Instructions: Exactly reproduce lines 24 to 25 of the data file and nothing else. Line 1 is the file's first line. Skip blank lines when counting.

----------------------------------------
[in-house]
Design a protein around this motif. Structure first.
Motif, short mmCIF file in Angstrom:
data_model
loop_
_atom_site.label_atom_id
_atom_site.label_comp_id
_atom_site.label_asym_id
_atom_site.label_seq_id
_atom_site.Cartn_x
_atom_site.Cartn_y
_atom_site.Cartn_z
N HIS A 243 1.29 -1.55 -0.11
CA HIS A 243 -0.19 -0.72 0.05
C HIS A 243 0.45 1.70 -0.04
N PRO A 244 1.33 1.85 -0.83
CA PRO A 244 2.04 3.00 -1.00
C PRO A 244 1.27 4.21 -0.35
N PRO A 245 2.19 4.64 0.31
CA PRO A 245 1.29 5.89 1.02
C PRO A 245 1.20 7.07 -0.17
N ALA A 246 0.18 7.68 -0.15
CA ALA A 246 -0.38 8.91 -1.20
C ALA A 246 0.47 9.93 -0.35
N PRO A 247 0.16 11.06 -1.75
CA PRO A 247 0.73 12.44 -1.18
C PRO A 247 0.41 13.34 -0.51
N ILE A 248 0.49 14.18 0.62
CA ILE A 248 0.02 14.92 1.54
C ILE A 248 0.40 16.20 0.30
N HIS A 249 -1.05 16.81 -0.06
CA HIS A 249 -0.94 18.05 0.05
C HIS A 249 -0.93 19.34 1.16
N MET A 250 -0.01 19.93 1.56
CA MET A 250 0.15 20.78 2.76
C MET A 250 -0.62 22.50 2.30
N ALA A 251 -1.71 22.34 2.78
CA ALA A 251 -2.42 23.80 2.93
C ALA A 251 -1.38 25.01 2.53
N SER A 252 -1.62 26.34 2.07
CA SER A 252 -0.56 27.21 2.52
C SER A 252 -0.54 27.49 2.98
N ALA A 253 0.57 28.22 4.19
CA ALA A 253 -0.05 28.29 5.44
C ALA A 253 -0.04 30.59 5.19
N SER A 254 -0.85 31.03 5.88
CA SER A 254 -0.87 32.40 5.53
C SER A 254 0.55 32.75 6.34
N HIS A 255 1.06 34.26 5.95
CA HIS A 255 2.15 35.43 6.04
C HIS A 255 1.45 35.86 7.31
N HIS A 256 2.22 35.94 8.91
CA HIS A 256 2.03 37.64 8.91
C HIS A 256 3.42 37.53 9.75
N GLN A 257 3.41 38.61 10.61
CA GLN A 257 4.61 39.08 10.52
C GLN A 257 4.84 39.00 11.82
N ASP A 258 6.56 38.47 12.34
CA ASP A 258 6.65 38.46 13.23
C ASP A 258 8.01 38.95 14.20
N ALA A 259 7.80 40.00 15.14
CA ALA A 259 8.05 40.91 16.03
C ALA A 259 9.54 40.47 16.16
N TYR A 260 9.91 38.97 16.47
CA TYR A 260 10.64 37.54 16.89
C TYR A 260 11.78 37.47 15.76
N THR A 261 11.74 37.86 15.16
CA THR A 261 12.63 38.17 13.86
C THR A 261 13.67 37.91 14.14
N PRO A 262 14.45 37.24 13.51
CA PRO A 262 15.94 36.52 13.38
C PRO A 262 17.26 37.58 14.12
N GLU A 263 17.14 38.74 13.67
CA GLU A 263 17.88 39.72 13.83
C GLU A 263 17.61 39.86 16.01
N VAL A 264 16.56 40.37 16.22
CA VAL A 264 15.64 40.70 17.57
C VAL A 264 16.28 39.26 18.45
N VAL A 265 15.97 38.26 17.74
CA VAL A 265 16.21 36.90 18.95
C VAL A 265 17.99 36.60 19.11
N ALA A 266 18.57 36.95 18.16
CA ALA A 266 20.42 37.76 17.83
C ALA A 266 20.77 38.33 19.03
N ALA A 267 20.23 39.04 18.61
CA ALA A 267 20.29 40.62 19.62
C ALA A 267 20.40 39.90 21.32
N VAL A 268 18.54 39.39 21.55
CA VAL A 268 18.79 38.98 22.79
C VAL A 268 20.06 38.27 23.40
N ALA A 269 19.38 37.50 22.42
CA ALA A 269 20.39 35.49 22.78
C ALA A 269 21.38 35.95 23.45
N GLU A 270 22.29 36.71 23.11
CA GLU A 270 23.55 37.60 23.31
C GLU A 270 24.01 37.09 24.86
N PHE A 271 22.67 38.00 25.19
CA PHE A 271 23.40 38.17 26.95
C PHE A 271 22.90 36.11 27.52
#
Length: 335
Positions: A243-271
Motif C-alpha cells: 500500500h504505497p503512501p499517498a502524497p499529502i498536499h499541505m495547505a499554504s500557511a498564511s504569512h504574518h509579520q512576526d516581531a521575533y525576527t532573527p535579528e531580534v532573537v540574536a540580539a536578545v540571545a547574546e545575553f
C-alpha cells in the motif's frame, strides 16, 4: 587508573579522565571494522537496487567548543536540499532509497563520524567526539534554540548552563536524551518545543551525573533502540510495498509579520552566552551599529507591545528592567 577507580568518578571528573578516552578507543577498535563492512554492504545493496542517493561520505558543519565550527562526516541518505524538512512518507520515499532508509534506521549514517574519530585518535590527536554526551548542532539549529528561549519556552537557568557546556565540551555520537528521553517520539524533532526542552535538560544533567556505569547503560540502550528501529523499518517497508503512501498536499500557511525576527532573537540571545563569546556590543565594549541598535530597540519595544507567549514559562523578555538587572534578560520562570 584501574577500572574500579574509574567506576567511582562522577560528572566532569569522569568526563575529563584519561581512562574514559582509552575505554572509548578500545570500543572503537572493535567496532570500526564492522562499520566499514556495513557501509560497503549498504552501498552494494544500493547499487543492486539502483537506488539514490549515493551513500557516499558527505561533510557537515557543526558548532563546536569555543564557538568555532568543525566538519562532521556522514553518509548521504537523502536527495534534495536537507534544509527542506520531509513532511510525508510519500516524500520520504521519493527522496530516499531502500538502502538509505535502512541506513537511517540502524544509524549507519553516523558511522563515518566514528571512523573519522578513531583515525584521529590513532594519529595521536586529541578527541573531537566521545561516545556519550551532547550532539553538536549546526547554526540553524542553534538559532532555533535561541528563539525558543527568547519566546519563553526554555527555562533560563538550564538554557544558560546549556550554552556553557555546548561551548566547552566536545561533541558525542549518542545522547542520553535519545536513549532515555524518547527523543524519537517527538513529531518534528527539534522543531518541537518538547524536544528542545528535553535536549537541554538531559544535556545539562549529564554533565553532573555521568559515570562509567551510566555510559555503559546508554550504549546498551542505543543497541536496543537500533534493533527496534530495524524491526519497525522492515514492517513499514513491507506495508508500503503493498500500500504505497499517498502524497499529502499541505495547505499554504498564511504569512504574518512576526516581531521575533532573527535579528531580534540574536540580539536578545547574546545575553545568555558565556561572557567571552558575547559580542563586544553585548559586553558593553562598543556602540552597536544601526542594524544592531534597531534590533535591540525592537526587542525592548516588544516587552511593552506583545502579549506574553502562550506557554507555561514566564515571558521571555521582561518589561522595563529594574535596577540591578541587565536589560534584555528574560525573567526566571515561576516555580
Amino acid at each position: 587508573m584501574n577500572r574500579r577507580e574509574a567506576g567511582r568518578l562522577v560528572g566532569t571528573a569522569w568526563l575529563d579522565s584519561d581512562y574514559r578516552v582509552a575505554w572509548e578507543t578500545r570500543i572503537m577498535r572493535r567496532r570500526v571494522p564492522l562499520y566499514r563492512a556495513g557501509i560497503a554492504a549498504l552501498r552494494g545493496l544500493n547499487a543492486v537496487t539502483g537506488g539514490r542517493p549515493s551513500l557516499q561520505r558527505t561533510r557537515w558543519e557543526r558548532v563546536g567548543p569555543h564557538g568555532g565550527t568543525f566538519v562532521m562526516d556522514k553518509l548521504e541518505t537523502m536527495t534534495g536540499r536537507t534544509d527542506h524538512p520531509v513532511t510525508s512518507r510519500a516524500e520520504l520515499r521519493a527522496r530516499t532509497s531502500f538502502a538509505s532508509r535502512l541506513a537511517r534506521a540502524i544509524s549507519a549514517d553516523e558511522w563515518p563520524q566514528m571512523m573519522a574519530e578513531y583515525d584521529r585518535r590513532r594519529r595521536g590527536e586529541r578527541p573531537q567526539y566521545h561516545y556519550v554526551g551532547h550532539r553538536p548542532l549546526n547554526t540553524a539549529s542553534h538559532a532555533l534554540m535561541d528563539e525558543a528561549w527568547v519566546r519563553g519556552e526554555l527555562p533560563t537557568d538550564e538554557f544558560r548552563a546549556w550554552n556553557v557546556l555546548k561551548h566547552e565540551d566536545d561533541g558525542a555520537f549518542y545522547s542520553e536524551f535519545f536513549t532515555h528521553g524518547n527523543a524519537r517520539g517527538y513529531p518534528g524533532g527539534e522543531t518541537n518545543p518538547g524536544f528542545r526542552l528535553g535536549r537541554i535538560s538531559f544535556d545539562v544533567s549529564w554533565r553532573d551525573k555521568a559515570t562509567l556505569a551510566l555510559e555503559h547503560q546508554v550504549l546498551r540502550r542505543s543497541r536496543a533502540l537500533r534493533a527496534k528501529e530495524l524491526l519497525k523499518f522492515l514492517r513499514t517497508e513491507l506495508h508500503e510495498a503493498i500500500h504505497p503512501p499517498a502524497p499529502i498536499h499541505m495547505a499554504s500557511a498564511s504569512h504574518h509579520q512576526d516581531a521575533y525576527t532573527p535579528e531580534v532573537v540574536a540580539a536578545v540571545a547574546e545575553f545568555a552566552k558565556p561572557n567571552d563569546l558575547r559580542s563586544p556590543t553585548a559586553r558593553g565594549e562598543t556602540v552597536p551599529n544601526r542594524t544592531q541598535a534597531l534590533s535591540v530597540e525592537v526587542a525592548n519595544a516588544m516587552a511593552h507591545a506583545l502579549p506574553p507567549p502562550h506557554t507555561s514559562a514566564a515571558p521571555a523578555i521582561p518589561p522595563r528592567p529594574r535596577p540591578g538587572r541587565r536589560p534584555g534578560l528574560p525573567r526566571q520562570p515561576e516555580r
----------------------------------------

C ALA A 246 0.47 9.93 -0.35
N PRO A 247 0.16 11.06 -1.75